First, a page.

Studying the various meanings of different scriptures and examining different church groups took up a lot of my thinking for about two and half years. However, life was still going on for Nolan and I as he ministered and I was busy at home with Daniel and Emily. I suffered another miscarriage and then became pregnant with John.
John’s birth experience took a turn when the nurse pulled the doctor aside after checking me and said, “I’m don’t think that’s the head.” A bedside ultrasound confirmed that it wasn’t and that he was laying in a transverse position (sideways). So, John entered the world by the “alternative route” as a c-section delivery, which wasn’t so bad since he ended up 10# 4oz.!
John has been laid back since birth, which made my recovery a lot easier but affected even his interest in nursing with any energy. As a typical Spenst baby he specialized in spitting up and did at least that with enthusiasm–going for distance! It became apparent that he wasn’t gaining the weight he should and was put on Zantac to help keep his food down. However, I finally had to put him on formula to get him to gain weight. Drinking from a bottle is a lot easier and it wasn’t long before he lost all interest in nursing.
As time went on it became apparent that John’s lack of enthusiasm also extended to movement. In other words, he didn’t! We knew he could, he just didn’t. When he got to be six months old and showed no signs of trying to sit on his own or trying to move about, we took him to a pediatrician. Her evaluation was that John had hypotonia, or low muscle tone. (In fact, one of the indicators was that he was in a transverse position at birth.) If you think of the soft muscle tone of a person with Down Syndrome it gives you a good idea of the condition. John could do anything, but it was going to take him a lot more work to accomplish it. In addition, kids with this tend to have more laid-back personalities and if they happen to have adoring older siblings who do everything Baby wants, well, it takes awhile for the child to see a reason to exert the effort needed.
The solution was therapy and watching that his development went in order and he didn’t digress. The therapist was great and helped by making him a foam seat to put in his high chair to keep him up. She gave us exercises, etc. and let us know that he would be fine, he’d just be a little slower. The doctor had told us that by the time he was in second grade or so we wouldn’t see any difference between him and other children. That was good to remember as it was almost his first birthday before he finally sat on his own and he didn’t walk until 23 months of age!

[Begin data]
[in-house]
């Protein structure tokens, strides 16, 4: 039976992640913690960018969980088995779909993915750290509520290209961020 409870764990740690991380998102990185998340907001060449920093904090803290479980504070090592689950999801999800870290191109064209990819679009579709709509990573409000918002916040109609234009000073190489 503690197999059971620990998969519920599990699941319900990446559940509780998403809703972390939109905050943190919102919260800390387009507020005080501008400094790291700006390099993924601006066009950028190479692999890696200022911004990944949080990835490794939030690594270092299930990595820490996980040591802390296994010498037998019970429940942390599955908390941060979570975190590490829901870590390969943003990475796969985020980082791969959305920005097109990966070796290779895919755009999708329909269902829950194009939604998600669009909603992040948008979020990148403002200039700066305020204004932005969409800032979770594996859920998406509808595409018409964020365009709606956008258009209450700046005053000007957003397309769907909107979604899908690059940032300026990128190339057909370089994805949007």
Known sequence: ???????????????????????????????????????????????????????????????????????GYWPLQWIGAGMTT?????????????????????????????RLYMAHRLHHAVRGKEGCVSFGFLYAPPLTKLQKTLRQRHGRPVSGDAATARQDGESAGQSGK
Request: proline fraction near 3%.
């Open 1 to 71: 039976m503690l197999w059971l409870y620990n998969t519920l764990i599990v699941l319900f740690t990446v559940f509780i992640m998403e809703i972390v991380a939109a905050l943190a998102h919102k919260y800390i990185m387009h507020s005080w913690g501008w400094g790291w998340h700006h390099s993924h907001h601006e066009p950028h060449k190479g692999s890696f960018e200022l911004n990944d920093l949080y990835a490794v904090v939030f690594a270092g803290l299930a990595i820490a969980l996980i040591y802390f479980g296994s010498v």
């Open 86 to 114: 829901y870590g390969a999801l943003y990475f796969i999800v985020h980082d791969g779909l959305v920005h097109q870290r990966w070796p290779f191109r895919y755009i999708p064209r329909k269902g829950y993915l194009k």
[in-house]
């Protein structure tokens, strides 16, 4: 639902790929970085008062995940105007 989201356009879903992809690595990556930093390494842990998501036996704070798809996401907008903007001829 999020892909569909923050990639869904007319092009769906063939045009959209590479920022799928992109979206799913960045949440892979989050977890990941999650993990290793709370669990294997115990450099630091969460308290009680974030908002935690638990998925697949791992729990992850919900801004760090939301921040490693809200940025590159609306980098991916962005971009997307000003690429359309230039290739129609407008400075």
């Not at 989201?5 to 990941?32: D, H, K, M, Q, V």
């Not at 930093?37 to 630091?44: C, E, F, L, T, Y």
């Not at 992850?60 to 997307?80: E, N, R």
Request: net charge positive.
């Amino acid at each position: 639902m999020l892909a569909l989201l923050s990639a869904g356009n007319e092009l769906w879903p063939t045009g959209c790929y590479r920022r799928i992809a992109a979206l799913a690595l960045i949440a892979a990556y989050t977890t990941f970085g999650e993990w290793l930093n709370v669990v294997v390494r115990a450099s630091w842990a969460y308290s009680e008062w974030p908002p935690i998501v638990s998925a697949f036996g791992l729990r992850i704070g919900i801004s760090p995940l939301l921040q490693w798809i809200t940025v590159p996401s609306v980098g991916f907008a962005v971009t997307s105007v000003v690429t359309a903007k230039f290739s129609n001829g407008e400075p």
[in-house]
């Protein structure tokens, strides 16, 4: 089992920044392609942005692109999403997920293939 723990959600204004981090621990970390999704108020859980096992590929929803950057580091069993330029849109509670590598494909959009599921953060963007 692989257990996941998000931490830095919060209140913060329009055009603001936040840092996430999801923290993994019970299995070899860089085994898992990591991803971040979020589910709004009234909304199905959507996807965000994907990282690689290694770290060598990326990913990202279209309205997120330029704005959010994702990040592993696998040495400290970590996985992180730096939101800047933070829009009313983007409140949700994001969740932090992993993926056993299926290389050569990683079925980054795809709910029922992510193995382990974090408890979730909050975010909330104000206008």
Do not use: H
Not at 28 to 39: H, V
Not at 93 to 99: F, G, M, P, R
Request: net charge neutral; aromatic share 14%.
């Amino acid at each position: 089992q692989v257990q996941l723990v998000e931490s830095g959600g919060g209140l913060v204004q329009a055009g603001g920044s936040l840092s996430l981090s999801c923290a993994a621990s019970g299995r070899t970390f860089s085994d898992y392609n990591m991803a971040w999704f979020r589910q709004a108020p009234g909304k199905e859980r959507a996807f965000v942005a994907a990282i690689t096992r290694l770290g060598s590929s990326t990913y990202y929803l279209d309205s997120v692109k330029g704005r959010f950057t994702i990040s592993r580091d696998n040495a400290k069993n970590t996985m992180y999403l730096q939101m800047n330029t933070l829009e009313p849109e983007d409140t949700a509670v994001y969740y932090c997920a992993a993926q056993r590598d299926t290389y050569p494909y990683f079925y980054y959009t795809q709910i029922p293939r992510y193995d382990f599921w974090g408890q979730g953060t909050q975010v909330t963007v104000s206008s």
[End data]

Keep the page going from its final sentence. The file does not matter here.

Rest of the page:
To this day, John is my most laid-back child. He also is my deep one–the one who feels deeply, but doesn’t say much. When I went to make a photo album recently I realized I have very few pictures of him simply because he’s just not the one hamming it up for the camera. He loves to be outside at night when there’s a full moon either to mow grass or cross-country ski. He has a great time with his friends, but he often will spend hours playing in the dirt with his trucks.
John will be thirteen this year on September 28 and although he’s changing, his changes are, characteristically, slower than his siblings. John will never be one to rush through life. Some days it’s admirable; others it drives me crazy! He’s my tenderhearted boy (despite his love of Lord of the Rings movies) and adds his own mark to our home and family that makes us who we are. He just doesn’t do it very fast. 🙂